Thursday, June 26, 2014

The Holy Longing is Yours: Caveat emptor


(massman: noun,  an average, typical, or ordinary man :  a prototype of the mass society especially when regarded as lacking individuality or social responsibility, as drawing his stereotyped ideas from the mass media, and as easily manipulated by economic, social, or cultural elites)


Every week, I have the privilege to hold a discussion about grief with colleagues Dr. Geoff Warburton & therapist Megan Devine, two dear friends who simply 'get it.'

Both have experienced grief from the inside during the course of their lives and have now devoted themselves to the practice of grief counseling.

We share a sentiment about grief in Western culture. That is, in general, grief is widely misunderstood, castigated, affronted, and bypassed in practice, theory, the media, and even in some spirituality.  Most recently, we discussed the spiritual bypass, and a more thorough triadic diatribe about this topic is forthcoming. I digress (as usual)...

Fast forward to today.

Another dear friend, a medical doctor and researcher in Canada working in refugee health (note: plenty of grief and trauma in this population), recently attended a conference in the U.S.  One of the days in this conference was devoted to "bereavement care".

She was so upset by what she'd heard that she abruptly exited two workshops that were intended to help grieving parents.

She sent me some of the materials to review and I shared her deep concerns. Actually, I was mystified and astonished.

Two clinicians who presented as "experts" posited "therapies" which were not only (less than) pseudo-science but more than that: They are potentially harmful to the bereaved.  Their suggested "interventions" may even further disenfranchise, stigmatize, and pathologize normal, albeit painful, traumatic grief.   Their strategies promoted the "unfeeling" and "unseeing"and even medicating of grief... precisely the opposite of what research in traumatic grief suggests as most efficacious, and it was some of the most 'unmindful' and experientially avoidant propaganda I have ever seen.

Experiential avoidance (that is the chronic turning away from or distracting of painful emotions/memories unconsciously), in fact, in the SCIENTIFIC literature is closely linked with substance abuse, physical illness, and other maladaptive behaviors and affect.

Look, I get it.

Clinicians are not often researchers so they may or may not be able to discern the rigor of a study's outcomes. Many of them don't even have time to read the research and may not understand methodology.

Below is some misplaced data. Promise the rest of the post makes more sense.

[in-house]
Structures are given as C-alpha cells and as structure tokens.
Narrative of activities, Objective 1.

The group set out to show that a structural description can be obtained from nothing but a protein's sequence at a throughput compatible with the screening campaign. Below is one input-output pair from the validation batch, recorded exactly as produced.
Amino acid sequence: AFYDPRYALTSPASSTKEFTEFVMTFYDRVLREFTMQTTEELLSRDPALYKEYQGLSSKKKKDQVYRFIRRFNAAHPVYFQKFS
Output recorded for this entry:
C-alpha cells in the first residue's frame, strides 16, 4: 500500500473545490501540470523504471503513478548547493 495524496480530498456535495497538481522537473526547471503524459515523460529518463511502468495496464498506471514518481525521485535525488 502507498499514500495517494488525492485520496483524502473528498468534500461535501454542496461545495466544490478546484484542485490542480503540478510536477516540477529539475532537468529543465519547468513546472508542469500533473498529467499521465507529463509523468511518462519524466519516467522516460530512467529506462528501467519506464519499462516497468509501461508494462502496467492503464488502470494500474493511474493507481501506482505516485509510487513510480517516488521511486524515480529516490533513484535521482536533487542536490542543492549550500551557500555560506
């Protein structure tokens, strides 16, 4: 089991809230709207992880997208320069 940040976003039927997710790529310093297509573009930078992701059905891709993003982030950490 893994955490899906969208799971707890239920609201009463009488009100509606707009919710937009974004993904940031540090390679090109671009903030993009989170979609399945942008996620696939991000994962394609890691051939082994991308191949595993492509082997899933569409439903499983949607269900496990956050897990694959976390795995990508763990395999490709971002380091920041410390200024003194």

So, herein lies the dilemma: Bad therapy happens. And bad therapy isn't just bad therapy- it's not like a bad haircut. These are people's lives. And not just any people. The most vulnerable population on earth.  Very, very dangerous, indeed.

So here is a rare offering of advice - maybe an invitation - for bereaved persons: caveat emptor.

Be careful with whom you share your grief.

Be careful with whom you share your grief.

Be careful with whom you share your grief.

And be wary of advice wielding, arrogant "clinicians" who think they know it all.

The clinicians who know best are the ones who admit they know nothing. The best therapists are the ones who admit their impotence in the face of such trauma and suffering. They are the ones who say, "There aren't words... I have no cure... And I will join you in the abyss..." The best therapists are those who understand humility and deference.

They are some duplicitous charlatans who are out to exploit. But there are also many well-intended who can harm you and me and us all. They often don't read or understand the research, they believe what others in positions of authority tell them without question, they may not be prone to dialectical thinking, and they often pretend to know the unknowable. Even if unwittingly, they end up preying on those who are desperate for any help, presenting themselves as the experts.

They are on the internet, on Facebook, at conferences, in clinical interactions, in schools, churches, post offices, and grocery stores.  Be mindful of your input: Don't believe everything you hear from others, even self-purported experts. Don't believe everything you read in books or out there on the web. The internet, particularly, is filled with writings that are wonderful and useful. Other writings, when not plagiarizations of those who are wise about grief (please cite your sources people), can be incredulously harmful and misinforming.

Western culture, by its nature, promotes the use of nearly any strategy to bypass grief. Drugs, sex, alcohol, shopping, food, gambling, exercise, work, hedonism, any distraction you can name. Even therapy.  But the sages knew what we seem to have forgotten in contemporary society: No 'intervention' and no interventionist can 'cure' your grief.  There is no panacea. You are not broken, you are broken hearted. And as Rabbi Mendel of Kotzk said 'there is no more whole heart than a broken heart.'